Paper doll collection on display at Renaissance Center this month

Holly Viers • Mar 3, 2018 at 8:30 AM

KINGSPORT — If you’ve never seen Mary Sewell’s paper doll collection in person, this month is the perfect time to do so.

Sewell’s extensive collection, which features more than 70 framed dolls and their outfits, will be on display at the Kingsport Renaissance Center March 4-27. Most of the dolls in the collection will also be available for purchase.

“I wasn’t even sure I was going to (sell them) until last week … but this is the time, and the price is right,” Sewell said. “I hope that people will take them, and I’ll take what’s left.”

As previously reported by the Times News, Sewell began collecting paper dolls as a young girl living in Arkansas. Whether she bought the dolls or inherited them from her female relatives, Sewell said each one has brought joy to her life.

Some of her most recognizable dolls include Elizabeth Taylor, Esther Williams, Roy Rogers and characters from “Gone with the Wind.”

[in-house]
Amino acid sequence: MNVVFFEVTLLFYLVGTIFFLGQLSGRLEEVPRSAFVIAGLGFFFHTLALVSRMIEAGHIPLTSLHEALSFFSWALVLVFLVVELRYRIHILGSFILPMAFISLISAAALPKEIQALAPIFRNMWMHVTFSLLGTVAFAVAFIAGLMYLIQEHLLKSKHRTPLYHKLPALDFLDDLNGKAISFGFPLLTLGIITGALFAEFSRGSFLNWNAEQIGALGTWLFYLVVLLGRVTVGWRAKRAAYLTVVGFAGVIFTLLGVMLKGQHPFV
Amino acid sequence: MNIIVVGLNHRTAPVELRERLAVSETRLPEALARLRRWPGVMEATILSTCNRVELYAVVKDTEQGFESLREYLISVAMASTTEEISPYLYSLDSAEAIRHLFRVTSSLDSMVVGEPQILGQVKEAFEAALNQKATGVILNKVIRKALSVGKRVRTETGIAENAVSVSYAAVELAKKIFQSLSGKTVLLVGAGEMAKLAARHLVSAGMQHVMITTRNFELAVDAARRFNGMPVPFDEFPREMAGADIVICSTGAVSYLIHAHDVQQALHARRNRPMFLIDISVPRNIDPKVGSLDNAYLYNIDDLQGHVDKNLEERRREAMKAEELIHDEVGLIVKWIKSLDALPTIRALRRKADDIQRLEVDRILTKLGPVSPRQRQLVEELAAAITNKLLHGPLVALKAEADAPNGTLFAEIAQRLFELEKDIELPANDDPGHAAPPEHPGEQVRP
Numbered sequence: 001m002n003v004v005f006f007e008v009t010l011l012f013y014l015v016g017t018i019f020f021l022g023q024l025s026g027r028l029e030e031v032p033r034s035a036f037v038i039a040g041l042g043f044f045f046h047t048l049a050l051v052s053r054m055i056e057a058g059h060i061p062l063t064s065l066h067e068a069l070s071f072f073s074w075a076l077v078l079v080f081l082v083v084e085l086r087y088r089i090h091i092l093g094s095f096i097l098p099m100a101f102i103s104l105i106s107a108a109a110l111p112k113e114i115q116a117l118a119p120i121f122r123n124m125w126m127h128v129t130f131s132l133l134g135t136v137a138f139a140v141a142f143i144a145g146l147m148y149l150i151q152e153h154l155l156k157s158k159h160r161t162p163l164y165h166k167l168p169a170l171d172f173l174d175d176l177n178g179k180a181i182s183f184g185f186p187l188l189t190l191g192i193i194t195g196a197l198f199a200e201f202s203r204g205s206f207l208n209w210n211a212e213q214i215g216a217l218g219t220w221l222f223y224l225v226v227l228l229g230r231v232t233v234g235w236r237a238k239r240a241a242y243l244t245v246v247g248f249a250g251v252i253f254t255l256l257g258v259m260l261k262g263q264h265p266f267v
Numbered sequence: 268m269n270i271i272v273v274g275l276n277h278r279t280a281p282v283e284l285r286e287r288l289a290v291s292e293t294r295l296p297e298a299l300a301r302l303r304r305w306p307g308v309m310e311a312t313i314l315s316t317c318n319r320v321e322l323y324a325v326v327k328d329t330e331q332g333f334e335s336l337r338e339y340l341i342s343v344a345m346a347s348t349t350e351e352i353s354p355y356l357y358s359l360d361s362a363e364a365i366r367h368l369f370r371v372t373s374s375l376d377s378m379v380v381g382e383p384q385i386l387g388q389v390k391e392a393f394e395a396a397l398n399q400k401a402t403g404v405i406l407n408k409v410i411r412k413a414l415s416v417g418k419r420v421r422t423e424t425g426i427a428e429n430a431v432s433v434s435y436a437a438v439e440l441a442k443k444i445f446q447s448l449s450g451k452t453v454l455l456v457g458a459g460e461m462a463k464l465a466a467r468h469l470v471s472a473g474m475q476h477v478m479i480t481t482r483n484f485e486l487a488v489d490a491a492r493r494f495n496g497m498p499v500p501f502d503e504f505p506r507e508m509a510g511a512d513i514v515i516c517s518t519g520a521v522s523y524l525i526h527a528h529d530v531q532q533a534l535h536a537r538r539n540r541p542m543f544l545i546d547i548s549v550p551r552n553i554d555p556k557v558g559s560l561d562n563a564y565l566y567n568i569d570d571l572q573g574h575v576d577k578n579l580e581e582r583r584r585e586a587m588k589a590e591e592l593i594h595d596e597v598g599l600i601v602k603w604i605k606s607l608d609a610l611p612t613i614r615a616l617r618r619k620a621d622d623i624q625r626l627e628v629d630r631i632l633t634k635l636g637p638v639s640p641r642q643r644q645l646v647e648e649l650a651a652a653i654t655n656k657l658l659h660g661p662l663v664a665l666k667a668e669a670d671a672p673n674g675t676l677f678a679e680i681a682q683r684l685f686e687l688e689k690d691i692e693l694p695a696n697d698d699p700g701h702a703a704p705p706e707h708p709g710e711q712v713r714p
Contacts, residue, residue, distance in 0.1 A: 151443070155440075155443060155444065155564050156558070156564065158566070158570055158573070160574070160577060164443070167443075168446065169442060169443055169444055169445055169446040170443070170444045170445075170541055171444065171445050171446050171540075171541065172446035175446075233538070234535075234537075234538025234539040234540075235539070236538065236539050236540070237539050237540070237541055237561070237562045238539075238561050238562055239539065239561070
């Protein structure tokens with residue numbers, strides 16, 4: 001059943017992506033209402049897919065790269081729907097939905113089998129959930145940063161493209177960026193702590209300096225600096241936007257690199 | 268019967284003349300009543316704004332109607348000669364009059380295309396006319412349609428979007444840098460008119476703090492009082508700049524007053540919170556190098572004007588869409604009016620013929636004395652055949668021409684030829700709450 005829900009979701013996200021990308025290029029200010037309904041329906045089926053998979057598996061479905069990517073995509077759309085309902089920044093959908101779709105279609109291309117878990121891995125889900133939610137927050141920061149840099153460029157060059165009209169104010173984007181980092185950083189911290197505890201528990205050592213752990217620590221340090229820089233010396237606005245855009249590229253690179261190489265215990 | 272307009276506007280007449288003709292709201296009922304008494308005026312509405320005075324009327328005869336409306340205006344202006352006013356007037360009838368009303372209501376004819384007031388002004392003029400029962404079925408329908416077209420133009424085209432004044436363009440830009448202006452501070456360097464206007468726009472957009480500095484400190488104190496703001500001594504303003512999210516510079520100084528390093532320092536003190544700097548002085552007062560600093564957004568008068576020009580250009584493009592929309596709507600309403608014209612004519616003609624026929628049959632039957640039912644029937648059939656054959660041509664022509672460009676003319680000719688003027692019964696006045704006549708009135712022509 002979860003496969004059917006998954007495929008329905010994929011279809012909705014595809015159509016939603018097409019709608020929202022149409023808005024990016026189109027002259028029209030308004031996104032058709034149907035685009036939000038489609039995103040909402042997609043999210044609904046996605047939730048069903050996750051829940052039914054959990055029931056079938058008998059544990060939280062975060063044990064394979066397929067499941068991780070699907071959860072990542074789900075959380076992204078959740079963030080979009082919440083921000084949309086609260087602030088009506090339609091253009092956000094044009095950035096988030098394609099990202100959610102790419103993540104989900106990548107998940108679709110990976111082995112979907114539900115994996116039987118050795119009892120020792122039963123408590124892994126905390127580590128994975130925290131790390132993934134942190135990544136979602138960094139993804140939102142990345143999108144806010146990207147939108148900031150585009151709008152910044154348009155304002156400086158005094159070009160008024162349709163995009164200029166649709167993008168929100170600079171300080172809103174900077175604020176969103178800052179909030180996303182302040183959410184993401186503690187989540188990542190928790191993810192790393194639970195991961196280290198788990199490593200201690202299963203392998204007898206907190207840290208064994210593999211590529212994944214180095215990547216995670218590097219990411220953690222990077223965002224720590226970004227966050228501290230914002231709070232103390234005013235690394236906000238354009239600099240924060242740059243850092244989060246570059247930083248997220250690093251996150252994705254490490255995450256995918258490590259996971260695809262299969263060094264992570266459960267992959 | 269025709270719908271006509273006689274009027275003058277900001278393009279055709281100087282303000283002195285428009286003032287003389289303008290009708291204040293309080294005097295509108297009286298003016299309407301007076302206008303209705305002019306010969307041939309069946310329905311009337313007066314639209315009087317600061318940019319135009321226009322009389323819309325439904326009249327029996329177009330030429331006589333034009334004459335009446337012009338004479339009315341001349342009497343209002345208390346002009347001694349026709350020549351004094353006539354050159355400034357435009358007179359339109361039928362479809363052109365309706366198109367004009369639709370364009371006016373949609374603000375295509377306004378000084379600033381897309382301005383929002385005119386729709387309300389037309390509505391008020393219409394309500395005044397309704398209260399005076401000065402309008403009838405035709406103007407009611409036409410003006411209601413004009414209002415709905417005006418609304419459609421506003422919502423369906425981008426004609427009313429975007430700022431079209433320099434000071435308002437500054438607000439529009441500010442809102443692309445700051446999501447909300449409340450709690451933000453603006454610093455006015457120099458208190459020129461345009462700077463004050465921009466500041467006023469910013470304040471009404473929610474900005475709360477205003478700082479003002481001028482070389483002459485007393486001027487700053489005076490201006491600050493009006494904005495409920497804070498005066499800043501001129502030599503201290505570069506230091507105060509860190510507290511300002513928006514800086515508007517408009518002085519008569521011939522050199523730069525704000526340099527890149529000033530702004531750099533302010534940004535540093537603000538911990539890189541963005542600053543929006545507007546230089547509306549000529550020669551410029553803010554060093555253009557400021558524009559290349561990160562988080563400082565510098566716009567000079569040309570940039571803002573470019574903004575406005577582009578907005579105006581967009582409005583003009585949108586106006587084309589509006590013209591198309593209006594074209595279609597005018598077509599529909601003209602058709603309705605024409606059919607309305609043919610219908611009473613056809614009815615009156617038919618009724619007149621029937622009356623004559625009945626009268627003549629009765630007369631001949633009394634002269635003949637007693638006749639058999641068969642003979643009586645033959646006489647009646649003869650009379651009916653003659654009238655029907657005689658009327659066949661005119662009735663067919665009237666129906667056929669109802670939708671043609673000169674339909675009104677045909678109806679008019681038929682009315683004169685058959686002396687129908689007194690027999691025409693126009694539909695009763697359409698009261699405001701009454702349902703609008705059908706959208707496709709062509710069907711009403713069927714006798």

Sewell’s collection will be displayed beginning Sunday in the Kingsport Renaissance Center’s second-floor art gallery. Barbara Carter, gallery chairperson, said the gallery will be open anytime the Renaissance Center building is open.

When they visit the gallery, guests will be able to view 74 framed dolls, in addition to one doll — Shirley Temple — that will serve as a raffle prize.

Attendees must submit their name and phone number in order to be considered for the drawing, which will take place during the gallery reception on March 18 from 2-4 p.m.

The rest of the dolls, aside from a few that have been marked with red dots, will be for sale, Sewell said. The celebrity dolls will be $100 each, and the rest will be $50 each. All proceeds will benefit the Kingsport Art Guild and Anchors Away.

The dolls can be purchased by cash or check at the office on the second floor of the Renaissance Center. They will then be available for pickup once the exhibit concludes, Carter said.

Sewell hopes that the exhibit will be well-attended and that most of her dolls will go to new homes.

“They brought me joy as a child and again as an adult, and to me, it’s got to be shared,” Sewell said. “And if I can share it with the art guild and with the Anchors Away program, it makes my heart sing.”

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